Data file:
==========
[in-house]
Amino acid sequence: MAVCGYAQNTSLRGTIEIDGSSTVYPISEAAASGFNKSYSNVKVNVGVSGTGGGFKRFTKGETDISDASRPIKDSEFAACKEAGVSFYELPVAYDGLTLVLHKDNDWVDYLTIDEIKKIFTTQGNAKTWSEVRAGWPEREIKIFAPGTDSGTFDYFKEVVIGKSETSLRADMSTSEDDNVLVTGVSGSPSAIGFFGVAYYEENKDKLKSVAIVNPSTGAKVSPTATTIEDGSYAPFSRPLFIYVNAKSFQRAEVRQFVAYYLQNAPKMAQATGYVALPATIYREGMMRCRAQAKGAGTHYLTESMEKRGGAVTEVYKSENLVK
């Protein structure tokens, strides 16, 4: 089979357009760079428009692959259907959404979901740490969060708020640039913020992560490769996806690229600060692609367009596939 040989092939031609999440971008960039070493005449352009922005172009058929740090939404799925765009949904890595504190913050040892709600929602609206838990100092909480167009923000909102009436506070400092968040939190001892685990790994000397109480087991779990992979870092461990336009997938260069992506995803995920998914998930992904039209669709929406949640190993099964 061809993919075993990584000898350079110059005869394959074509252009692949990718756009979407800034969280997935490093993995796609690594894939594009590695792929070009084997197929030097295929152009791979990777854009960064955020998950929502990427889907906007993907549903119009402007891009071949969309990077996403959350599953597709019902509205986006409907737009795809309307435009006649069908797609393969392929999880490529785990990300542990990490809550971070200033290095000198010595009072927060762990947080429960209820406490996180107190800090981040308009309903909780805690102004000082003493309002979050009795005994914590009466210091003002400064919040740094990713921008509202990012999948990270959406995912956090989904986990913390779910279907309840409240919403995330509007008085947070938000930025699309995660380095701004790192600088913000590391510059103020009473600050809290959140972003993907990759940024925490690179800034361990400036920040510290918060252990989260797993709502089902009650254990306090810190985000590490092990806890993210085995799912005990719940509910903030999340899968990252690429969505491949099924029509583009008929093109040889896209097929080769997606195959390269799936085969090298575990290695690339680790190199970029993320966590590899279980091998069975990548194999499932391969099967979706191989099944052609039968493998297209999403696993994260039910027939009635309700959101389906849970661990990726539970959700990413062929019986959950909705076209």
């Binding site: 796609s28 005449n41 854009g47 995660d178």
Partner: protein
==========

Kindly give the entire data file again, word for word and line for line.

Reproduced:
[in-house]
Amino acid sequence: MAVCGYAQNTSLRGTIEIDGSSTVYPISEAAASGFNKSYSNVKVNVGVSGTGGGFKRFTKGETDISDASRPIKDSEFAACKEAGVSFYELPVAYDGLTLVLHKDNDWVDYLTIDEIKKIFTTQGNAKTWSEVRAGWPEREIKIFAPGTDSGTFDYFKEVVIGKSETSLRADMSTSEDDNVLVTGVSGSPSAIGFFGVAYYEENKDKLKSVAIVNPSTGAKVSPTATTIEDGSYAPFSRPLFIYVNAKSFQRAEVRQFVAYYLQNAPKMAQATGYVALPATIYREGMMRCRAQAKGAGTHYLTESMEKRGGAVTEVYKSENLVK
């Protein structure tokens, strides 16, 4: 089979357009760079428009692959259907959404979901740490969060708020640039913020992560490769996806690229600060692609367009596939 040989092939031609999440971008960039070493005449352009922005172009058929740090939404799925765009949904890595504190913050040892709600929602609206838990100092909480167009923000909102009436506070400092968040939190001892685990790994000397109480087991779990992979870092461990336009997938260069992506995803995920998914998930992904039209669709929406949640190993099964 061809993919075993990584000898350079110059005869394959074509252009692949990718756009979407800034969280997935490093993995796609690594894939594009590695792929070009084997197929030097295929152009791979990777854009960064955020998950929502990427889907906007993907549903119009402007891009071949969309990077996403959350599953597709019902509205986006409907737009795809309307435009006649069908797609393969392929999880490529785990990300542990990490809550971070200033290095000198010595009072927060762990947080429960209820406490996180107190800090981040308009309903909780805690102004000082003493309002979050009795005994914590009466210091003002400064919040740094990713921008509202990012999948990270959406995912956090989904986990913390779910279907309840409240919403995330509007008085947070938000930025699309995660380095701004790192600088913000590391510059103020009473600050809290959140972003993907990759940024925490690179800034361990400036920040510290918060252990989260797993709502089902009650254990306090810190985000590490092990806890993210085995799912005990719940509910903030999340899968990252690429969505491949099924029509583009008929093109040889896209097929080769997606195959390269799936085969090298575990290695690339680790190199970029993320966590590899279980091998069975990548194999499932391969099967979706191989099944052609039968493998297209999403696993994260039910027939009635309700959101389906849970661990990726539970959700990413062929019986959950909705076209």
């Binding site: 796609s28 005449n41 854009g47 995660d178």
Partner: protein